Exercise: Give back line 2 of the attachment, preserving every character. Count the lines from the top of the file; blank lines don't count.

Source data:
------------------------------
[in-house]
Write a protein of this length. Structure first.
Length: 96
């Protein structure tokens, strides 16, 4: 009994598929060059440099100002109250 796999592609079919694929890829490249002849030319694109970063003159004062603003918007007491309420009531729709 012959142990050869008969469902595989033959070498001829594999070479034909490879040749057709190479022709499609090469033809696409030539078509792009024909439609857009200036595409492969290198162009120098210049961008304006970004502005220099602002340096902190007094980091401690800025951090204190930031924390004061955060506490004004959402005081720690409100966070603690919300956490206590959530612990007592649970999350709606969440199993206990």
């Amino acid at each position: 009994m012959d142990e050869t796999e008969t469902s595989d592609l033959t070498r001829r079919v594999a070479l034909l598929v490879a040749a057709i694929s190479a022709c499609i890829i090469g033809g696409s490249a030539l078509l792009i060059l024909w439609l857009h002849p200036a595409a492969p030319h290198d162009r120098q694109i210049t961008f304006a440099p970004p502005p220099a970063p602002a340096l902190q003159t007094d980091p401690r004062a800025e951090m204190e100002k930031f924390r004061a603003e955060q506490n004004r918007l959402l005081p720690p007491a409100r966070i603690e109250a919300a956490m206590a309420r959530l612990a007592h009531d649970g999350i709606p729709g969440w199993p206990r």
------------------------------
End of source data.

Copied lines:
Write a protein of this length. Structure first.